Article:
One of the early settlements in the Bay of Islands, it is the gateway to the Bay. The tours and fishing charters out onto the Bay of Islands all leave from Paihia Wharf. There are many historical sites within walking distance of the town centre where you will find excellent restaurants and the types of shops needed to cater for a small community.
The Birthplace of our Nation, this is where the founding document of New Zealand, the Treaty of Waitangi Tiriti o Waitangi was fist signed on February 6 1840. This document formed the relationship between the British Crown and Tangatawhenua which means people of the land. The Waitangi meeting was the first signing ceremony of many as the document was taken around the country to gatherings of Maori Chiefs or Rangitira over the following months. The Treaty Grounds are beautifully presented and a wonderful place to visit to learn more about New Zealand, its history and its inhabitants.
Russell is a beautiful small village nestled on Kororareka Bay which has had its waterfront buildings preserved as they were at the turn of last century. Kororareka was known as the ‘Hell Hole of the Pacific’ in its early days as it became a haven for Whalers, Sealers, escaped convicts and ship jumpers. As time went on Russell became a lot more refined with many referring to Russell as the first Capital of New Zealand prior to it being officially moved to Auckland and then to its present location in Wellington. Flagstaff Hill, situated a half hour walk above Russell, is a must visit for anyone visiting the Bay of Islands as it offers 360 degree views over the bay to Paihia and Waitangi, along to the Kerikeri inlet and out over the many islands or motu that are scattered throughout the Bay of Islands, some inhabited some not. Flagstaff Hill has a history. Bring your camera!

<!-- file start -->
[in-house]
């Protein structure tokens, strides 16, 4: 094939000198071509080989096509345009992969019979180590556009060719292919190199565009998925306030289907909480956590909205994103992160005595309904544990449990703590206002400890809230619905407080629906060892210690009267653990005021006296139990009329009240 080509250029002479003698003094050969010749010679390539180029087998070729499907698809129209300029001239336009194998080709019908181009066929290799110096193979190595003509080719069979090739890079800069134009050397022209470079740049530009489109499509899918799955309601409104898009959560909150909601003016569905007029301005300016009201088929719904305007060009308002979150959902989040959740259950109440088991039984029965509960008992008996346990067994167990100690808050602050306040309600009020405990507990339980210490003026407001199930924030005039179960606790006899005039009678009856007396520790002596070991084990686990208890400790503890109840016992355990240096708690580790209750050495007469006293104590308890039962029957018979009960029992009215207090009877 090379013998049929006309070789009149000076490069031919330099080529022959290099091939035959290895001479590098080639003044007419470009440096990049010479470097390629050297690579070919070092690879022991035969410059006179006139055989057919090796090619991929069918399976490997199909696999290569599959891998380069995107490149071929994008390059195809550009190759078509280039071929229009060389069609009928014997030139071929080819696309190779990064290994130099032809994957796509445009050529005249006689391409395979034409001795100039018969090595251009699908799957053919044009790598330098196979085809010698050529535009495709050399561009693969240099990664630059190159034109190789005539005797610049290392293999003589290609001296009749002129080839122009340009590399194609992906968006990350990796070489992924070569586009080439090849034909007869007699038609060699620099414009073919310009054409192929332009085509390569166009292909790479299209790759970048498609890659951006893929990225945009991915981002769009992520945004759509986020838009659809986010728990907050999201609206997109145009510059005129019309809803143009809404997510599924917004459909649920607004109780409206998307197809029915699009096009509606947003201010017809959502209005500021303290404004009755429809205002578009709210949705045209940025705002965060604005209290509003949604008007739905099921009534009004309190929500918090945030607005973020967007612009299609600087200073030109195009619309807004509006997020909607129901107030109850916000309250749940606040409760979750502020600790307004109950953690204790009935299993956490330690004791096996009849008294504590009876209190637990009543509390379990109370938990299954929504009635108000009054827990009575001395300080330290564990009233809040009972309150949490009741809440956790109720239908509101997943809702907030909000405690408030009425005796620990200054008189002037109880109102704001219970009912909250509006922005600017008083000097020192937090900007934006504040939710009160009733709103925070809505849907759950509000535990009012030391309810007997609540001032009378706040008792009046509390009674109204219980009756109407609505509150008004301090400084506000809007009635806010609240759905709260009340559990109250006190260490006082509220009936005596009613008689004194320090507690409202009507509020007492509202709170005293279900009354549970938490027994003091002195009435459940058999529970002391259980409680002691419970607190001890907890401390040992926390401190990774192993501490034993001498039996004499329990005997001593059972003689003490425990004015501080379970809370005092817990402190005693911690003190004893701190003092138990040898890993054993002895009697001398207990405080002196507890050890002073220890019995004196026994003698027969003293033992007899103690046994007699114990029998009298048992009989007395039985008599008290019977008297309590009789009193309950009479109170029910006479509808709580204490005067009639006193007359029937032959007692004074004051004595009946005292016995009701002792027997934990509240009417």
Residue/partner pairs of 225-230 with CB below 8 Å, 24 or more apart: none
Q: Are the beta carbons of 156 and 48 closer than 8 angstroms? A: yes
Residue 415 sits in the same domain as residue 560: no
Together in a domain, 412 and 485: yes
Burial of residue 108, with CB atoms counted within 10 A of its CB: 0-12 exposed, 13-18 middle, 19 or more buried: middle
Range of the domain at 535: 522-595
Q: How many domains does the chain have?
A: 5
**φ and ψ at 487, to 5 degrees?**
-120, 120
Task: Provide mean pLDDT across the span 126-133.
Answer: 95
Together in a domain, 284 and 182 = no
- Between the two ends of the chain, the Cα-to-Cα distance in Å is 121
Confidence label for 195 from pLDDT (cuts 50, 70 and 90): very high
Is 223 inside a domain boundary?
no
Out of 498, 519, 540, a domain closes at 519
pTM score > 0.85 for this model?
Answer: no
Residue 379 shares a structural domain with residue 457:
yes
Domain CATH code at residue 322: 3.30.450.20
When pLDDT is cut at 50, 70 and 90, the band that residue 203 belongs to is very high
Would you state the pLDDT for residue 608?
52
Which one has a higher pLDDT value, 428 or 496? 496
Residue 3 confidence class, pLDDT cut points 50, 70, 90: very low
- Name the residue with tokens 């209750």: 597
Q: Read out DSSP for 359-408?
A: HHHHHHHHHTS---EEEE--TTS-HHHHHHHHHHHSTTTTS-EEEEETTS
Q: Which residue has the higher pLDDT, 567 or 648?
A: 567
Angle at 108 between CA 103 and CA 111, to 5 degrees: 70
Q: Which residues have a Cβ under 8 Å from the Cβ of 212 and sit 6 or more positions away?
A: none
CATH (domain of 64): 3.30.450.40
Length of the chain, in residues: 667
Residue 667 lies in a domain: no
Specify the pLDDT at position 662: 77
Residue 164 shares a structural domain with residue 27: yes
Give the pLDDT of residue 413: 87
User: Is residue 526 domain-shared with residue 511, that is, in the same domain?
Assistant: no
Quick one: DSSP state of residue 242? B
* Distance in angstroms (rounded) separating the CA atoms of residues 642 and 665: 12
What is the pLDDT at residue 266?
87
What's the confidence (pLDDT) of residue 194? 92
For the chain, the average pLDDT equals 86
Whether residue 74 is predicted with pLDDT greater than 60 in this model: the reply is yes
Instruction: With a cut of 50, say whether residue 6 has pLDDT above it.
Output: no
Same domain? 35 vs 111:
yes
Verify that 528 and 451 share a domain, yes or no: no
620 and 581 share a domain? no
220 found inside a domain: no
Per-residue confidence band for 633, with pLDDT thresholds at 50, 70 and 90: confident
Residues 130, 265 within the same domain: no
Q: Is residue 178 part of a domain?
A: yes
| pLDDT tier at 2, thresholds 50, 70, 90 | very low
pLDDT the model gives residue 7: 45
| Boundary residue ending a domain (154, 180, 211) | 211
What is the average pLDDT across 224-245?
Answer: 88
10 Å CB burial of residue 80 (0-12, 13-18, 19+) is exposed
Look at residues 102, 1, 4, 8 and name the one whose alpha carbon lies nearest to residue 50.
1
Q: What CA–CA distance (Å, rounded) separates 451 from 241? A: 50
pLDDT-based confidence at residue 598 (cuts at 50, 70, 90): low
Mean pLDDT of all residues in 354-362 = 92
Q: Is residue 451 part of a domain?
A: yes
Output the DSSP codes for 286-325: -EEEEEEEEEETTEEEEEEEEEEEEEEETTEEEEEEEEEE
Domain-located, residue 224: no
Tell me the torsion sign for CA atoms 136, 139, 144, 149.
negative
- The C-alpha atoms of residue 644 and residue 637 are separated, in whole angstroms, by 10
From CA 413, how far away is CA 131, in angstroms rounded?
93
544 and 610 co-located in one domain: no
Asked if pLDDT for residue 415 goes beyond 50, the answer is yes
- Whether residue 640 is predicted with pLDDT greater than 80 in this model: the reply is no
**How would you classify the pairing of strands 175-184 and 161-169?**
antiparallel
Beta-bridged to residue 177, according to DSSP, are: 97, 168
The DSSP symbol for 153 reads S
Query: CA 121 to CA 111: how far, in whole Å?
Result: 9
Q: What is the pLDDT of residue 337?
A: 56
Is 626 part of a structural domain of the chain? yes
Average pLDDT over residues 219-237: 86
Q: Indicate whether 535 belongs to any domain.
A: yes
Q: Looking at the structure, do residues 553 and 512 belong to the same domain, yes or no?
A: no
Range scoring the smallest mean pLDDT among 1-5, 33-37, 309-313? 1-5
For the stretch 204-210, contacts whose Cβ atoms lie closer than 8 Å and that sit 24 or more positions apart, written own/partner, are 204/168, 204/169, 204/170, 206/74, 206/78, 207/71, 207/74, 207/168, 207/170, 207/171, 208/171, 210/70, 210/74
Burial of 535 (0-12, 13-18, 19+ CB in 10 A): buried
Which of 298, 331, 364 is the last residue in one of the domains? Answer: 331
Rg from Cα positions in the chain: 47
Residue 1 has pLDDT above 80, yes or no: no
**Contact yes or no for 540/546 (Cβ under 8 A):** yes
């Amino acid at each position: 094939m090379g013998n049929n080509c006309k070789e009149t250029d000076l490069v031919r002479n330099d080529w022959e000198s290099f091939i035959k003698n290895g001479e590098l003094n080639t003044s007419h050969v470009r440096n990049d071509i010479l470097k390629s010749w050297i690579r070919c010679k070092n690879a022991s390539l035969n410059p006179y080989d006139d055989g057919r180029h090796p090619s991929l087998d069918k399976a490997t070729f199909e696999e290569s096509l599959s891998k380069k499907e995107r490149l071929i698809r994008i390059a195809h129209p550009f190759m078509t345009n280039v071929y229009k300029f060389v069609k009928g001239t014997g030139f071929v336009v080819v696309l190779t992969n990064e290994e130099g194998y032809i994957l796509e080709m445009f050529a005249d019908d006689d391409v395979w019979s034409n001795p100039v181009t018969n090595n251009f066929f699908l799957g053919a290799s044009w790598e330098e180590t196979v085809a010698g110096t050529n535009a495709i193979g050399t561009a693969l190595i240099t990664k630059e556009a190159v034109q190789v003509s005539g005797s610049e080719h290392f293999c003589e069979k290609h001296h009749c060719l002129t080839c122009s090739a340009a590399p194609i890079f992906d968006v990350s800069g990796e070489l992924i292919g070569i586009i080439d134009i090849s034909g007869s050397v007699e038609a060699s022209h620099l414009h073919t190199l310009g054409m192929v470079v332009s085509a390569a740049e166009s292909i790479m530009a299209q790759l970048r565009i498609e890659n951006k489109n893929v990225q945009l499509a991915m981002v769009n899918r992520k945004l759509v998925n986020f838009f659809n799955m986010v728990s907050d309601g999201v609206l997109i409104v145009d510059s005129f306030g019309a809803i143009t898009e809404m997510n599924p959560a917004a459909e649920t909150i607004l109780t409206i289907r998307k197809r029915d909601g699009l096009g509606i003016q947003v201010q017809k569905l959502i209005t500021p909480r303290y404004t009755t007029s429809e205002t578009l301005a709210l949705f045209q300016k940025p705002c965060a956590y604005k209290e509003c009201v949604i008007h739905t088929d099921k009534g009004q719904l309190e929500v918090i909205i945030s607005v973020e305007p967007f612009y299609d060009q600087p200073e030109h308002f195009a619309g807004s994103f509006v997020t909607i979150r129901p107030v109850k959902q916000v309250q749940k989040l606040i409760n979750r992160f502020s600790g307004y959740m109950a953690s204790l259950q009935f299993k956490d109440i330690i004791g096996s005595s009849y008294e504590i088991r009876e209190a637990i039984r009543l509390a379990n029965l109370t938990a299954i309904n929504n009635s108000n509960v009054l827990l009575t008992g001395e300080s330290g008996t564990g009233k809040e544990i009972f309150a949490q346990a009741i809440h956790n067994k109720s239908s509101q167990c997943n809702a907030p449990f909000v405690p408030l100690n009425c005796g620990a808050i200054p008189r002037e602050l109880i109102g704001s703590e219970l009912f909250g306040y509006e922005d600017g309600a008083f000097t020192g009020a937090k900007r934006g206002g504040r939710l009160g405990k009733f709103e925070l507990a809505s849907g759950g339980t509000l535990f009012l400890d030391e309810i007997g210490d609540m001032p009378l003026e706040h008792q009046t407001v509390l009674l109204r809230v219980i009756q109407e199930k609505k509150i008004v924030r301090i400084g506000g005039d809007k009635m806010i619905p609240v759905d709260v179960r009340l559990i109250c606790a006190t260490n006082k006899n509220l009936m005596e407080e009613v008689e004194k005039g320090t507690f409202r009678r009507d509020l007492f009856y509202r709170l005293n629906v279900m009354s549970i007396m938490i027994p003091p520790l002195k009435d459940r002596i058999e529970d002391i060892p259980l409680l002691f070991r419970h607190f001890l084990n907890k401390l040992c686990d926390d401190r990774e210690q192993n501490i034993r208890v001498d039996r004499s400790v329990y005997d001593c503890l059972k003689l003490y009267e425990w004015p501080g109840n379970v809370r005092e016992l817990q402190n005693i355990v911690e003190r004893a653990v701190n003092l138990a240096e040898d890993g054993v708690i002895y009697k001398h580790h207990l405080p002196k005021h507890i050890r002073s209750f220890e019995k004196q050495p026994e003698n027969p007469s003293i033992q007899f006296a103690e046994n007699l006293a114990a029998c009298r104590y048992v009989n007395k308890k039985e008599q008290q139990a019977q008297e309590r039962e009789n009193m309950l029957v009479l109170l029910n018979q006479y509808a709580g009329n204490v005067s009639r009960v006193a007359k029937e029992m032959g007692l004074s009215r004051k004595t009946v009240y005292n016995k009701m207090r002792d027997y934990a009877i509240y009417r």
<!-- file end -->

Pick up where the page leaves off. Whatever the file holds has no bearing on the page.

Home to the Stone Store, New Zealand’s oldest stone building, Kerikeri is re-knowned for its orchards of citrus and kiwi fruit. While Kerikeri is the main shopping/service town in the region it also has many arts and crafts shops and is developing a reputation for some wonderful wines. Including wine produced on totally organic vineyard properties.